Singapore prelate recounts experience and witness of Church in the city-state

VATICAN CITY – In this third installment of the interview, Archbishop William Goh of Singapore recounts the experience and the witness of the Catholic Church in the city-state. He was with the Malaysian and Brunei bishops in their ad limina visit to the Holy See on 4-9 Feb 2018. This interview took place on Feb 9.

A large part of the Singaporean population identifies with a religious faith. Buddhists are about 40% and Christianity is the second largest group. Thanks also to Western influence, the number of Christians in the country (local and permanent residents) are growing and the approximately 383 thousand Catholics make up 11% of the population, while Protestants are 14%. Next in line is Islam at 18% and Taoism at 14%.

According to Abp Goh: However, and this is a concern for us, there is an increasing number of people who claim not to belong to any confession. This is an important group that we must try to approach as a possibility of evangelisation.

The archbishop of Singapore believes social outreach is “the main missionary front for the local Church.”

We have many organisations that assist people in need, such as Caritas Singapore, which leads other 25 associations. In Singapore, the funds and donations collected by our initiatives cannot by law be allocated to foreign projects, unless this is specified before to interested donors. For humanitarian initiatives outside the national borders (Cambodia, Vietnam, Philippines, Myanmar), the Archdiocese has established the Caritas Humanitarian Aid & Relief Initiatives (Charis). The faithful are very involved and offer great support, witnessing their faith among those most in need.”

Another focus area for the Singapore Church is interreligious dialogue and the promotion of harmony among the various confessions.

We organise many initiatives to share our experiences of faith without proselytising. We bear witness to what Jesus did in our lives, how he changed them and made the difference.

The archdiocese pays particular attention to the education of young people. In this regard, Abp Goh states:

In each of the over 35 Catholic schools we form the heart of the boys, even before their intellect. We do not want leaders who live for themselves, but people who care about their neighbour. The Christian schools, Catholic and Protestant, have worked hard on this and it is a precious legacy that they leave to the ruling class of the country.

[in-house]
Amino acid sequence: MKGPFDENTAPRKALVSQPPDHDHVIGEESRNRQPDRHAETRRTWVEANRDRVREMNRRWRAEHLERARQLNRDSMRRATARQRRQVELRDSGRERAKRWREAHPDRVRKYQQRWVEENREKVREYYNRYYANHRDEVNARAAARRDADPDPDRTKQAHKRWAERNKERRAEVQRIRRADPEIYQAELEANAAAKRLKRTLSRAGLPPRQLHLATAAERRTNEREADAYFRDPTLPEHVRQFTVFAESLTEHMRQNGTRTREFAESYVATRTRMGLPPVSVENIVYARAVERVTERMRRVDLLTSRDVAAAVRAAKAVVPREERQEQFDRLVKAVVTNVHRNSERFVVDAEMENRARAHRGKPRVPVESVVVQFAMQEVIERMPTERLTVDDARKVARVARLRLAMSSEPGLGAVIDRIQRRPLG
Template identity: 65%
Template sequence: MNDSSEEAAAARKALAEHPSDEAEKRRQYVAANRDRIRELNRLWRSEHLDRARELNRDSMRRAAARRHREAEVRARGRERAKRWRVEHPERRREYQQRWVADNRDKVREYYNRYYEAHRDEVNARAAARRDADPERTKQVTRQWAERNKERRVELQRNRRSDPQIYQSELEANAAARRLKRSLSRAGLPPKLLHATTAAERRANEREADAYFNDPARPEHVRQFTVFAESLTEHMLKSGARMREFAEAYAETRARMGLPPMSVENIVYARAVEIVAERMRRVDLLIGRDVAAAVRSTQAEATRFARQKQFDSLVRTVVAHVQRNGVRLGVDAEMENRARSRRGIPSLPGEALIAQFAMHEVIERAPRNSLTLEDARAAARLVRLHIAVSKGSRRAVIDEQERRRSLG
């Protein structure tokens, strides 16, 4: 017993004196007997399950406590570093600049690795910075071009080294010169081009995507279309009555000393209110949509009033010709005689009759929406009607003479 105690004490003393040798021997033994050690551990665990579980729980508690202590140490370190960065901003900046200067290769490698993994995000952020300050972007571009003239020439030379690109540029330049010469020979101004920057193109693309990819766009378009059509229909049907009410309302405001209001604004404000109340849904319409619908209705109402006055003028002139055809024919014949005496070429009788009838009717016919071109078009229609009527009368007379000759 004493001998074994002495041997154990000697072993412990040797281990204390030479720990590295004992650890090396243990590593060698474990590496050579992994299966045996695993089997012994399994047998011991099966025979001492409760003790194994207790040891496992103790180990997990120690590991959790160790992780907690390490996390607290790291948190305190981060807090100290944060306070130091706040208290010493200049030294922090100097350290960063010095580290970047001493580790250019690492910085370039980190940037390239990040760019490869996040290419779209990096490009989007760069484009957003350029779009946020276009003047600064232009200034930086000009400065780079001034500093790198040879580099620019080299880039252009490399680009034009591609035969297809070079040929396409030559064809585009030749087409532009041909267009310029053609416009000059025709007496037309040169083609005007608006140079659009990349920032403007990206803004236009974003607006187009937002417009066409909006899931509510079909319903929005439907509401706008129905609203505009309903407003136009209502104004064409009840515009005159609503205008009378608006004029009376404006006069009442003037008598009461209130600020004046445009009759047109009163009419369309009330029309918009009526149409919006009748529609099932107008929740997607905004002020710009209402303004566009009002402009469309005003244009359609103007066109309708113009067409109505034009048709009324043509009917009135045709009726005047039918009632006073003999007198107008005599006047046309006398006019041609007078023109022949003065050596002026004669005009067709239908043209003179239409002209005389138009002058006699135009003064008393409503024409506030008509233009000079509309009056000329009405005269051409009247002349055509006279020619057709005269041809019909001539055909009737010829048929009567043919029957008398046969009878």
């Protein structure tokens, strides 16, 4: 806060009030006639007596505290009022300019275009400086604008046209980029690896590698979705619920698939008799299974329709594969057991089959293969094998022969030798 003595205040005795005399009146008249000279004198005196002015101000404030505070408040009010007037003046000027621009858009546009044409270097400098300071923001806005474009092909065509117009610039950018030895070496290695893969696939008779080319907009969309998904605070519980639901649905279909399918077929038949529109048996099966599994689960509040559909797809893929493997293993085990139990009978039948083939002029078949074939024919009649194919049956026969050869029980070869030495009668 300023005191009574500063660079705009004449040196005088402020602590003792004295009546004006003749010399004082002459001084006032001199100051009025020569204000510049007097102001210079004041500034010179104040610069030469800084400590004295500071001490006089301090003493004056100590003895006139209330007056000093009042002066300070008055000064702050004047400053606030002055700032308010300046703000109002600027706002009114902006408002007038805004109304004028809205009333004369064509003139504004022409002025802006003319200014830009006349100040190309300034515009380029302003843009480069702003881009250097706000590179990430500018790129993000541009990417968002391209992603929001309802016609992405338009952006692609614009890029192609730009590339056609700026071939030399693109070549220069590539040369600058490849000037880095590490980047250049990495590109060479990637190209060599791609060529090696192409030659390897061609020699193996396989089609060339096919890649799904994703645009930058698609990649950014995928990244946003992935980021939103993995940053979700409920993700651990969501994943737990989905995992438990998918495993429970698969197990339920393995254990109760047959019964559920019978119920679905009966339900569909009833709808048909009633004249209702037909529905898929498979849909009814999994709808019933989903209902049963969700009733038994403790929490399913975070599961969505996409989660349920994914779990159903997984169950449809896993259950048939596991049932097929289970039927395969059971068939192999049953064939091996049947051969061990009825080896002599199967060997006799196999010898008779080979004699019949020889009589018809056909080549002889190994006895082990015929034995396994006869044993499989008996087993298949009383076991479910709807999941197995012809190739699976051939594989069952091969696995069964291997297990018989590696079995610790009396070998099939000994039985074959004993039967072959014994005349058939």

If Singapore is a successful nation today, it is also because most of our rulers have attended missionary schools, even though many of them are not Christians. It is also thanks to the teaching of the values of the Gospel that Singapore pays special attention to policies in favour of life and the family, resisting the pressure of the West for the implementation of laws such as those on homosexual unions. Honesty and integrity are virtues that are very close to the Singaporeans.

Every year, the Church of Singapore welcomes about 3,000 new baptised, but conversions are not the sole purpose of the initiatives of the Catholic community.

Our goal is to build a Church that is vibrant, evangelical and missionary. This is also the decree of the archdiocese. My commitment is to make Catholics more aware, not only in Singapore but also abroad. To this end, we created the Catholic Theological Institute of Singapore (CTIS), to prepare students for the new evangelisation among the many cultures and religions of our continent, since the formation of the laity is fundamental to mission. The faith of the Catholic community in Singapore is truly surprising, for example the lunchtime mass we organise for workers. The cathedral is always crowded and the participation is remarkable in all the 33 parishes of the archdiocese, where every day there are about 300-400 faithful. They seek peace, comfort in a everyday life in Singapore, which can be quite stressful.

Having a high level of education, the Singaporean Catholics are quite demanding. So our priests have to give good homilies. The faithful crave the Word of God and feel the need to find a link between faith and their lives, which is why they know how to be critical of pastors whose sermons are lacking. Fortunately, we have good priests, who through the Word are able to touch hearts.

The decline in priestly vocations is a great concern for Abp Goh, who says increased lay participation in pastoral works a way to counteract the negative effects of the phenomenon.

It is more important than ever to involve the laity in the life of the Church, because in the end it is to them that it belongs. Our schools are directed above all by non-consecrated persons, since the average age of the clergy is always higher. In parishes serving about 6 thousand faithful, we consider a 40-year-old priest to be ‘young.’

In every community there is always a lot of work to do and the time we dedicate to young people is always too little. Added to this is the great difference in age between the young people and the pastors, which affects dialogue between them.  The risk is that there is no one to respond to the numerous and increasingly demanding questions of adolescents. To find a solution to the problem and provide for the pastoral care of young people, we have set up the Office for Young People (YOP). This initiative assists the youngsters in the search for Jesus and the answers they need. – Paolo Fossati, AsiaNews

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